• Change it to, for example, GoletaPage instead of AvilaBeachPage
  • The <h1> (headline) content.
  • The <p> (paragraph) content describing the town. This doesn’t have to be long; a couple of sentences is fine.
  • The <p> (paragraph) element showing who added the page. You can just use your first name and last initial here.

Make this change, and then make sure the application still loads by doing npm start. You won’t be able to see your content yet–that happens in the next step after we add a route to your new page). However, you should still run npm start to make sure you didn’t break anything; if there is a syntax error, you’ll find out when you run npm start.

If all goes well, make a commit for adding this file. That might look like this (but with your initials instead of xy). Also note that you are pushing to your branch, not main:

git add frontend/src/main/pages/GoletaPage.js
git status
git commit -m "xy - add page for Goleta"
git push origin Phill-Goleta

Make Good Commit Messages

As you work on your page, make commits whenever something is working.

  • Use your initials at the start of your commit message (e.g. cg for “Chris Gaucho”)
  • Separate your initials from your message with a hyphen
  • Your message should describe what you did


  • git commit -m "cg - added page for San Diego"
  • git commit -m "cg - added menu item for San Diego page"

Having meaningful commit messages is a component of your grade for this assignment, so please do put some thought into what you write.

As you make commits, push them to your branch, for example:

git push origin Chris-SanDiego

A few handy commands:

  • git status shows what branch you are on, among other things
  • git branch -a shows all current branches
  • git fetch updates information about branches by pulling new branch names from GitHub

Step 7: Add a route to the page you were assigned

Now, open up the file frontend/src/App.js. In this file, we define the mapping from web urls to the pages that are served.

Find these lines at the top of the file:

import AvilaBeachPage from "main/pages/AvilaBeachPage";
import LosAlamosPage from "main/pages/LosAlamosPage";
import ArroyoGrandePage from "main/pages/ArroyoGrandePage";

You should be able to guess what line needs to be added for your page; add that line.

Then, look for these lines of code:

        <Route exact path="/towns/AvilaBeach" element={<AvilaBeachPage />} />
        <Route exact path="/towns/LosAlamos" element={<LosAlamosPage />} />
        <Route exact path="/towns/ArroyoGrande" element={<ArroyoGrandePage />} />

Again, you should be able to guess what line needs to be added for your page; add that line.

At this point, if you do npm start and open up the app, your page won’t appear on the menu, but if you manually put in the url for your town, it should show up!

Give it a try, and if it works, do another commit; something like this:

git add frontend/src/App.js
git commit -m "cg - added route in App.js for San Diego"
git push origin Chris-SanDiego

Step 8: Add your page to the menu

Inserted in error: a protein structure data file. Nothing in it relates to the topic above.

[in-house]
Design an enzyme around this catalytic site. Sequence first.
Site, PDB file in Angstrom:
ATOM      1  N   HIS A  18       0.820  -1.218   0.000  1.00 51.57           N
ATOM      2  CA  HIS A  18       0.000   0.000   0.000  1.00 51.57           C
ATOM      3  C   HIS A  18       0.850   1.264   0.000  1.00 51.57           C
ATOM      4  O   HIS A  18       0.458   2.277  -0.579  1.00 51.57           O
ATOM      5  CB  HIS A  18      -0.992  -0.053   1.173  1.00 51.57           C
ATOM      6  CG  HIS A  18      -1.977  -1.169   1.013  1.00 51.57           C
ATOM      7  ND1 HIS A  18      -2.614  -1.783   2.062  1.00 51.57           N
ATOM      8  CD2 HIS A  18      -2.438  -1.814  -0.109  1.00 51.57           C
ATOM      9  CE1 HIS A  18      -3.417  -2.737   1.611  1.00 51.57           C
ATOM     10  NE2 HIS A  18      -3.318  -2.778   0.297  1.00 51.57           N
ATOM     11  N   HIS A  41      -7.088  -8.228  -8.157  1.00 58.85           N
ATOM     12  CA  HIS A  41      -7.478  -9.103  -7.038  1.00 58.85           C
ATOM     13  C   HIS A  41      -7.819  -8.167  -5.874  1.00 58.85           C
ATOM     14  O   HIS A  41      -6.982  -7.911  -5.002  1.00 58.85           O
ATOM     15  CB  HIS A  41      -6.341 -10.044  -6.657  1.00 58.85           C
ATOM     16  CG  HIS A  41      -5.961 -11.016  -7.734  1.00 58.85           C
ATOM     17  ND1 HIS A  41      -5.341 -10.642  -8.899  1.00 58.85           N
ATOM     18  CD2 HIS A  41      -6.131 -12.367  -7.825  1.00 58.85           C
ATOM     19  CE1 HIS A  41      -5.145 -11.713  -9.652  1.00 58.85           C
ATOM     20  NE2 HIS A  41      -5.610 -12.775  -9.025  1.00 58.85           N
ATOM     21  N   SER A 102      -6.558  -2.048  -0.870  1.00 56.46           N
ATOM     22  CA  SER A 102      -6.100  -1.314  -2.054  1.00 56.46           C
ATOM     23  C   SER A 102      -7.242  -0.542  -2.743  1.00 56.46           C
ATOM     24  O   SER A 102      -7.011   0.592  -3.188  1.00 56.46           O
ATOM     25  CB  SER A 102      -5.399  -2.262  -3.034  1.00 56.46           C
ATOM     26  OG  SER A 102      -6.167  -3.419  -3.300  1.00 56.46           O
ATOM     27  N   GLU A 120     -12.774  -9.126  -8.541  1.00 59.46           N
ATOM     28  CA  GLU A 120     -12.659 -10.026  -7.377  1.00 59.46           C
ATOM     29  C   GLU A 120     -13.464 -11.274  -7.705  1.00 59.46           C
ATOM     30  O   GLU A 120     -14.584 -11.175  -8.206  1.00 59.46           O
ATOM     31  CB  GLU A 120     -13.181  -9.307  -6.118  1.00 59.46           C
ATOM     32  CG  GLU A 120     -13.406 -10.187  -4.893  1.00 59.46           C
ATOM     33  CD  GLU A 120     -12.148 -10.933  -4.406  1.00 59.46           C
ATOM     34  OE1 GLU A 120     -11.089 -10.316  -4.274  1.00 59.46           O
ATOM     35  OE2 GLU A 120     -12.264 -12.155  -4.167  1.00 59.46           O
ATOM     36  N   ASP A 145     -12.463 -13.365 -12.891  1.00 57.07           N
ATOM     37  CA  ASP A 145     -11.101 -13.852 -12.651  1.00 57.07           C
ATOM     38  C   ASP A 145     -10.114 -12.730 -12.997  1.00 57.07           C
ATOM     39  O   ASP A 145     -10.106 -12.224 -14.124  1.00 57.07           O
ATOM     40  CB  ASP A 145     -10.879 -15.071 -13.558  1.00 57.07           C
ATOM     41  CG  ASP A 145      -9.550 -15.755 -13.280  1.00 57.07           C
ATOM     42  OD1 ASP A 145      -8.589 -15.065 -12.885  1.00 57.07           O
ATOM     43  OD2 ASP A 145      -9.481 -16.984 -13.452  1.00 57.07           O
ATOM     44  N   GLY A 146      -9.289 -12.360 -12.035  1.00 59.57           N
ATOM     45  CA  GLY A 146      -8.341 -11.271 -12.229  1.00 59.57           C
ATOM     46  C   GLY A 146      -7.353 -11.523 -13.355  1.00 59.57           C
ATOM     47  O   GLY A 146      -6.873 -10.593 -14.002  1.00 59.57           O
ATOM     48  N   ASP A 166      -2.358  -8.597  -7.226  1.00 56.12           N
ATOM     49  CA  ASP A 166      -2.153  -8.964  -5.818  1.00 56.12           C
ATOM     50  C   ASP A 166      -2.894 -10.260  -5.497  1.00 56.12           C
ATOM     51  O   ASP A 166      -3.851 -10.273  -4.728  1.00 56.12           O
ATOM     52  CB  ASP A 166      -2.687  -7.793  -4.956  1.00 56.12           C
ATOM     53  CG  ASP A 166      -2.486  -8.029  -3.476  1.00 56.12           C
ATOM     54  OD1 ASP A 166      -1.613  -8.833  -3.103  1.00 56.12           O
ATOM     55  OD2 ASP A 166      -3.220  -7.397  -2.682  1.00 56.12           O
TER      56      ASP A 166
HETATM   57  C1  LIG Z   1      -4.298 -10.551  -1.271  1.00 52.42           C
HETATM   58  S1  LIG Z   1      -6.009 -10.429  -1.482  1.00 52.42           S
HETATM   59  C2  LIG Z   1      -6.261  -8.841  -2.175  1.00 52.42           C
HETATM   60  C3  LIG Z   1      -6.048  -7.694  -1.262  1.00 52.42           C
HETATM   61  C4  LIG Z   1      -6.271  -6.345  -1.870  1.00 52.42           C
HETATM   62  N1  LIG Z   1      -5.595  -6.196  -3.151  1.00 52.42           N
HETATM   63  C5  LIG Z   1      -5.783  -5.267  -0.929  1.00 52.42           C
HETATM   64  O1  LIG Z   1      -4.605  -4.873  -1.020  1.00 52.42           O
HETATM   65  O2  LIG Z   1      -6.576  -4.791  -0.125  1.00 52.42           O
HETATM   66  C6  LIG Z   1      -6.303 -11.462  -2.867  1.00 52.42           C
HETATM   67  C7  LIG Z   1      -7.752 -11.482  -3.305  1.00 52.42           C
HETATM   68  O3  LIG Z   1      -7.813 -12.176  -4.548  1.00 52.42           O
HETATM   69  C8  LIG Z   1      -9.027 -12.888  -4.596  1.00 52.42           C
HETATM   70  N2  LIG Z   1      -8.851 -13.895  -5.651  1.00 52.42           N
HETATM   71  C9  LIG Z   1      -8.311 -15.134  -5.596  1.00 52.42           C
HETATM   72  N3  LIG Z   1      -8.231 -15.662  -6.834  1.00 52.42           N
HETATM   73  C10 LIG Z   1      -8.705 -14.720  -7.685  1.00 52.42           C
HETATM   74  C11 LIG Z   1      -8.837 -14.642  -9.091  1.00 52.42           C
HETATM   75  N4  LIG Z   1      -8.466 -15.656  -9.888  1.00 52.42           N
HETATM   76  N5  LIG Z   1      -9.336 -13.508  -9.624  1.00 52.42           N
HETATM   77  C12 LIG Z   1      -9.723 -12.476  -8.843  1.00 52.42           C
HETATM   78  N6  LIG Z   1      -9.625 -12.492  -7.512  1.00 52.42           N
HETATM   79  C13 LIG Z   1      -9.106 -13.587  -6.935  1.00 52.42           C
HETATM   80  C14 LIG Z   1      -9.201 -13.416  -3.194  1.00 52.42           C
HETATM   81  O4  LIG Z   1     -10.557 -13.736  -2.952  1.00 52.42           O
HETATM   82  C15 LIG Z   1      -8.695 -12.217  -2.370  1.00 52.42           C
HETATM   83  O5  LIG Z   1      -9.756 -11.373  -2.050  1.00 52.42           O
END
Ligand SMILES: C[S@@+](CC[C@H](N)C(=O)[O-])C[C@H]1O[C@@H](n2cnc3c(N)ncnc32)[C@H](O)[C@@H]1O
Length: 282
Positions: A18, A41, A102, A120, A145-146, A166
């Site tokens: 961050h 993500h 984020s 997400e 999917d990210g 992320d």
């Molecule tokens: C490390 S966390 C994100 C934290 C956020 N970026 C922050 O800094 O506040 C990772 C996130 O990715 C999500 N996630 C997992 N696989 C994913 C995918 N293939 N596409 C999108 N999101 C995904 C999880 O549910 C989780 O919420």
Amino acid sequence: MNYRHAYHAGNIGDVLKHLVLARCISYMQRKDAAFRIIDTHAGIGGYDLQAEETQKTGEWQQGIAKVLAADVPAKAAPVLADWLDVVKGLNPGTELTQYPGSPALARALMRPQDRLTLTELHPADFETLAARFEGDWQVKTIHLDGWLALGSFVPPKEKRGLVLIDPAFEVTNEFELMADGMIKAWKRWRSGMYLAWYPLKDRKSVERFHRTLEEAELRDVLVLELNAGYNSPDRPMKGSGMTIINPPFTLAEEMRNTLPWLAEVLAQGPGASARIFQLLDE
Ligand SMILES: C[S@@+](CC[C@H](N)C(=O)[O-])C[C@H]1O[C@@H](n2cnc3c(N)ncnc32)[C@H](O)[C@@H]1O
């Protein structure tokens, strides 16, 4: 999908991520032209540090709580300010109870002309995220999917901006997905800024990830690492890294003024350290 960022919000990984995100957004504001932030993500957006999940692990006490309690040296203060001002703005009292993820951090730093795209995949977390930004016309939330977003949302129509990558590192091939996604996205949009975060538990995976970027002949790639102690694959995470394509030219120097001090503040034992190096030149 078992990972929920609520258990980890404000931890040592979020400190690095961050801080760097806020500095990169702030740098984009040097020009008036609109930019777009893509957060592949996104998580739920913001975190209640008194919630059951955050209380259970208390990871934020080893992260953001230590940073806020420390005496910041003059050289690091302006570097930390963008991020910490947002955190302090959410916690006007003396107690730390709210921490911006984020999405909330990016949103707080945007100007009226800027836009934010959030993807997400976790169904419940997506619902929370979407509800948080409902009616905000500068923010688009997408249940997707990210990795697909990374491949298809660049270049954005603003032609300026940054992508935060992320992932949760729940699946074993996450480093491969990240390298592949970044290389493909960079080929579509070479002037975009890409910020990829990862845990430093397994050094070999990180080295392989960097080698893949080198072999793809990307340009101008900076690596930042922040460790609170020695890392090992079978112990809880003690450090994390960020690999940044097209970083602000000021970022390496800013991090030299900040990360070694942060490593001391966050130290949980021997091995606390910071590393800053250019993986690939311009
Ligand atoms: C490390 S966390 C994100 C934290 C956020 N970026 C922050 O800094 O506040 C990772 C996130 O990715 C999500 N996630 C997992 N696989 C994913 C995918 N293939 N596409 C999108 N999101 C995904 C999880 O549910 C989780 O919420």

Now, open up the file frontend/src/main/components/Nav/AppNavbar.js and look for this code:

                <NavDropdown.Item as={Link} to="/towns/ArroyoGrande">Arroyo Grande</NavDropdown.Item>
                <NavDropdown.Item as={Link} to="/towns/AvilaBeach">Avila Beach</NavDropdown.Item>
                <NavDropdown.Item as={Link} to="/towns/LosAlamos">Los Alamos</NavDropdown.Item>

Again, you can probably figure out from the example what code needs to be added.

So add in the appropriate line of code, and then test using npm start.

If it works, you should be able to go to the menu, and select the web page for your town!

If so, then you are done with your branch, and it’s time to do a pull request to merge this branch into the main branch. We’ll explain how to do that in the next step!

Note that learning the pull request process is part of the lab; don’t take any shortcuts here!

Step 9: Do a pull request

The next step is to go to the webpage for your repo on GitHub, and find the “Pull Requests” tab. It should look like this:


Click the “New Pull Request” button. You should then see something like this:


Change it so that the base is main and the branch you are comparing to is your branch, like this, and then click the “Create Pull Request” button.


You’ll then see something like this.


Your next step should be to change the title (which will be populated with some suggested text from one of your recent commit messages). Change it to: “Add Los Angeles” (or whatever your town was).

Then, in the big area, using complete sentences, type something like this what you see in the image below:


Then click “Create Pull Request”.

Step 10: Merging the Pull Requests

At this step, you should coordinate with one another again.

The aim here is for each of you to merge someone else’s pull request (not your own).

Note that because each of you were making changes in App.js and in AppNavbar.js, there is a potential for merge conflicts. Fortunately, these will be easy to resolve! But the process for resolving them can be a little tricky, so we’ll go over it in lecture.

As each pull request is merged into the main branch, you should see the page populate on the running app on Github Pages.

When all six are merged into the main branch and appearing in the app, your team is done with this assignment.

Step 11: Submission/Grading

  • Grading for this assignment is manual; someone on your team will submit the url to the Canvas link for team00 when the team thinks the site is ready for grading.

End of assignment

Links to running webapps

Links to Pull Requests

Links to Repos